Sunday, March 05, 2006

The Vision of George Lucas

As much credit as people give Star Wars, it's value may still be underestimated. Star Wars gives our society something we need desperately, a mythology. This is no simple feat. Only a true genius, someone predestined for their roll, could supply our jaded society with relevant and penetrating archetypical symbols. Unfortunately, given the subjective nature of post modern society, these symbols can't be conveyed universally, such as through a religion, but are only available to those willing to see them, and see them for what they are, at that. Meaning one can't watch Star Wars having already decided it's worthless and lacks any value and still receive these symbols. Star Wars has, of course, gotten much attention for it's strong connection with Myth and Archetype. The reason it may be underestimated, given that, is the subtlety, precision, and scope with which Lucas conveys this in his Magnum Opus, Episode 3.

Our society is at the beginning of a new age, a new way of thinking, acting, and feeling. We are out of balance, because we abandoned the intuitive levels of reality in favor of the rational/intellectual levels. Our modern culture is so desensitized to information, because we're inundated daily with it, it creates a serious dilemma for us, in terms of filtering what's important. Basically, our filter is clogged. We no longer have the traditional methods of accessing these archetypes, of assimilating myths. Gone are the effective initiation rituals, and gone are the elders responsible for connecting us with our ancestors. Simply put, we can no longer properly interpret life data.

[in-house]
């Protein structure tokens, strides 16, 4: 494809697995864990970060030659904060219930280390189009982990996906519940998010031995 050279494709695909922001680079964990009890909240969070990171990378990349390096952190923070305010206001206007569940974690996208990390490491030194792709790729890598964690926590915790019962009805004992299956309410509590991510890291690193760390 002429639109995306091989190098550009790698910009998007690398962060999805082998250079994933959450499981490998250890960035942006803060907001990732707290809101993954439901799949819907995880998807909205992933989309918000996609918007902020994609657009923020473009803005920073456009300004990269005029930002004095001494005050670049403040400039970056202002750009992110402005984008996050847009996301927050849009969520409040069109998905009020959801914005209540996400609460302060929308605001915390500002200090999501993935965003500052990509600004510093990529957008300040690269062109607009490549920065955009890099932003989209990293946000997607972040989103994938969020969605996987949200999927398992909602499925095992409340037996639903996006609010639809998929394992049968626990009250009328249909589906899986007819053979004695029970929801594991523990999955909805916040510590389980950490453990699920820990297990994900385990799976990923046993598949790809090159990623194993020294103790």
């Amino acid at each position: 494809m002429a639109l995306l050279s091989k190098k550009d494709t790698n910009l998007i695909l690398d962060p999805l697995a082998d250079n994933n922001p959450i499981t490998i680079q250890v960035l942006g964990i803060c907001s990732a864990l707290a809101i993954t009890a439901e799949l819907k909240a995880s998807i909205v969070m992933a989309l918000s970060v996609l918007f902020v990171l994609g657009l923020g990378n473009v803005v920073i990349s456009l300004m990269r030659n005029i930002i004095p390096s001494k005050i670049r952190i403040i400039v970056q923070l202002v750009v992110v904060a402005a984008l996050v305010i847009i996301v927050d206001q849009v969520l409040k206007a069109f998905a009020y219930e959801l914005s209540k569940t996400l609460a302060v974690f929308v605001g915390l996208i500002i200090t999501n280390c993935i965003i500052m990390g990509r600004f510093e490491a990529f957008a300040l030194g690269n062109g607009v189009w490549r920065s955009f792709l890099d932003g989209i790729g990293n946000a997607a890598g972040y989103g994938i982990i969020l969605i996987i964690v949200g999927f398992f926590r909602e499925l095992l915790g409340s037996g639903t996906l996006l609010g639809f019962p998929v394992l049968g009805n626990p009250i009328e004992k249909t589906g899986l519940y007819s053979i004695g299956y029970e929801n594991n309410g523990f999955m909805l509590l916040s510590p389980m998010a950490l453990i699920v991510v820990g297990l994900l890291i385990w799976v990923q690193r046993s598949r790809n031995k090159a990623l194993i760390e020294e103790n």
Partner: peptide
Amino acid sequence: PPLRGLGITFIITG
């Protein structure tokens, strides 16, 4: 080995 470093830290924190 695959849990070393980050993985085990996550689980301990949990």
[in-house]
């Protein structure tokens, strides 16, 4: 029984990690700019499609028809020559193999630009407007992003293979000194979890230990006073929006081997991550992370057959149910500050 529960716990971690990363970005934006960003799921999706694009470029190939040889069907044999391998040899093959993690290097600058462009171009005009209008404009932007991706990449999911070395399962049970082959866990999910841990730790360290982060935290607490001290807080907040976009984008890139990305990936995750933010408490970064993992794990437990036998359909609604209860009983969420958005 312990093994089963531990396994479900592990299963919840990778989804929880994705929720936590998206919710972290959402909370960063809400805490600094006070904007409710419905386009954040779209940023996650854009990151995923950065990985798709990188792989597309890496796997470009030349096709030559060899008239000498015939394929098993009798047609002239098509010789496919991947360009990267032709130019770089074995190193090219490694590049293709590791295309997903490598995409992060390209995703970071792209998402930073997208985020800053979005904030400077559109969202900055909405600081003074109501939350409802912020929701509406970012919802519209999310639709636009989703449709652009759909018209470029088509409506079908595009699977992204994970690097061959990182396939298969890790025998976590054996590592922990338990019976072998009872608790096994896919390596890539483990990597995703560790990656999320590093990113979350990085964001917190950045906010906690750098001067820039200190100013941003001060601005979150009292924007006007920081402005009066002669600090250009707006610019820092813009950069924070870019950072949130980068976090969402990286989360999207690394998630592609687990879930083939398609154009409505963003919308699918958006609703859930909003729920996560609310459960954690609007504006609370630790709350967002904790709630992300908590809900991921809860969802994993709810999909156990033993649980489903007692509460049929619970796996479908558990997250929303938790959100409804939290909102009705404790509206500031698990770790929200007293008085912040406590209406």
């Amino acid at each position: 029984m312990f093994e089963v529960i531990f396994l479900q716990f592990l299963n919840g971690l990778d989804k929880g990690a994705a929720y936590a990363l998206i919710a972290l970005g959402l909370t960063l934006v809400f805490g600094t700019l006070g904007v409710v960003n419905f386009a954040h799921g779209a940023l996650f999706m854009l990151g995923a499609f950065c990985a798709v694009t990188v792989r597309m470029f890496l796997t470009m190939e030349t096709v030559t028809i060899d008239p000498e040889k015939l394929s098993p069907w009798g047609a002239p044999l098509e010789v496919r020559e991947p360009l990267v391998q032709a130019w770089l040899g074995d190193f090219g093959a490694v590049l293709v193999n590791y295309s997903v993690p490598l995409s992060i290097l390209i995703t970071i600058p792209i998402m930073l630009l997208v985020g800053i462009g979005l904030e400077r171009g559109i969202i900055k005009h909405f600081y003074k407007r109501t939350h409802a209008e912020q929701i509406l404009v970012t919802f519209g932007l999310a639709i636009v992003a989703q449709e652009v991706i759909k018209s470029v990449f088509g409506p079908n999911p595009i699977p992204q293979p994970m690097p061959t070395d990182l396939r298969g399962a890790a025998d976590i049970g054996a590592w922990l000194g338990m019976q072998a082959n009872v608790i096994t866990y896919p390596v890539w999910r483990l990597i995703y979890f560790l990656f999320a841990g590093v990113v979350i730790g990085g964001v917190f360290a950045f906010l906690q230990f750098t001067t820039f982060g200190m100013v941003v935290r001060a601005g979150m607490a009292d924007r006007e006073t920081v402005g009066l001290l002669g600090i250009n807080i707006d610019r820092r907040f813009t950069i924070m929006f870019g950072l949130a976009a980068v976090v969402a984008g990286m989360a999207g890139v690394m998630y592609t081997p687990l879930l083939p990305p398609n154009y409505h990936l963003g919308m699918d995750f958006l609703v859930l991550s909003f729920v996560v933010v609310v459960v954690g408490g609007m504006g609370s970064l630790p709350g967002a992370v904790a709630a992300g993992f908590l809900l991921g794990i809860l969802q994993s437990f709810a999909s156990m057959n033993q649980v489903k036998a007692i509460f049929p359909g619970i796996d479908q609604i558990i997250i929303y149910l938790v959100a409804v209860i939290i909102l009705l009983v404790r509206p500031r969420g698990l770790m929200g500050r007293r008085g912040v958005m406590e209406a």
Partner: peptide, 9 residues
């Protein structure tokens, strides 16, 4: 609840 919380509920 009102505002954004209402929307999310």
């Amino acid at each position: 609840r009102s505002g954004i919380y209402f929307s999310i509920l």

Lucas being the visionary that he is, understood this problem back in 1977, and has been driving straight to the problems core since. Lucas hasn't just created story ideas and characters that are myth like, anyone could do that. He is creating a new kind of medium for myth. One thing our society strongly responds to are movies. Because we are so desensitized and so fortified against intrusion, movies, being our newest art form (unless you count video games), still allow access to the deeper experiential, intuitive levels. Lucas utilizes this fact to full effect. He doesn't explain or even imply that Palpatine is the Devil, he shows us. We don't grasp that fact through actions or words so much as by actually seeing a physical transformation take place. So, we're drawn into the story, letting it penetrate to our deeper levels, and then shown these vivid archetypal images, which allows the proper imprinting and activation to occur.